Availability::- use_module(library(error)).(can be autoloaded)
 type_error(+Type, +Term)
Tell the user that Term is not of the expected Type. This error is closely related to domain_error/2 because the notion of types is not really set in stone in Prolog. We introduce the difference using a simple example.

Suppose an argument must be a non-negative integer. If the actual argument is not an integer, this is a type_error. If it is a negative integer, it is a domain_error.

Typical borderline cases are predicates accepting a compound term, e.g., point(X,Y). One could argue that the basic type is a compound-term and any other compound term is a domain error. Most Prolog programmers consider each compound as a type and would consider a compound that is not point(_,_) a type_error.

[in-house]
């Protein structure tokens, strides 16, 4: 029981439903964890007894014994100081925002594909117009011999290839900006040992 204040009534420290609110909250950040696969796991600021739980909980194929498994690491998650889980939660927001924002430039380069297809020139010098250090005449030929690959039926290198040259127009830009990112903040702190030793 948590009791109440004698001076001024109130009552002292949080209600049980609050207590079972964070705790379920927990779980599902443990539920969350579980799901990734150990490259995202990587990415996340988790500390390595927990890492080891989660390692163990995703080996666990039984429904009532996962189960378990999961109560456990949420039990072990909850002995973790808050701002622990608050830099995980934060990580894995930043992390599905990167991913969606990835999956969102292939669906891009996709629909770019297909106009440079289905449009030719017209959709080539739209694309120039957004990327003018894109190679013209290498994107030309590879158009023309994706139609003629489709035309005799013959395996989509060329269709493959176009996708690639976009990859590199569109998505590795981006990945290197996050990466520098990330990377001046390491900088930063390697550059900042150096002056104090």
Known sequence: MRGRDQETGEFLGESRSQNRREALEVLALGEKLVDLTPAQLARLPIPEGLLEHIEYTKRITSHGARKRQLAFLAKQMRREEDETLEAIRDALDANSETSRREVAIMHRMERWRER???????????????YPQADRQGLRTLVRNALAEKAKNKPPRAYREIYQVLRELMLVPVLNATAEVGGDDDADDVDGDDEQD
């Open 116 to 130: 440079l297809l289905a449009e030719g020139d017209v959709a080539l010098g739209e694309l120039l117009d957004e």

type_error(+ValidType, +Culprit)
Tell the user that Culprit is not of the expected ValidType. This error is closely related to domain_error/2 because the notion of types is not really set in stone in Prolog. We introduce the difference using a simple example.

Suppose an argument must be a non-negative integer. If the actual argument is not an integer, this is a type_error. If it is a negative integer, it is a domain_error.

Typical borderline cases are predicates accepting a compound term, e.g., point(X,Y). One could argue that the basic type is a compound-term and any other compound term is a domain error. Most Prolog programmers consider each compound as a type and would consider a compound that is not point(_,_) a type_error.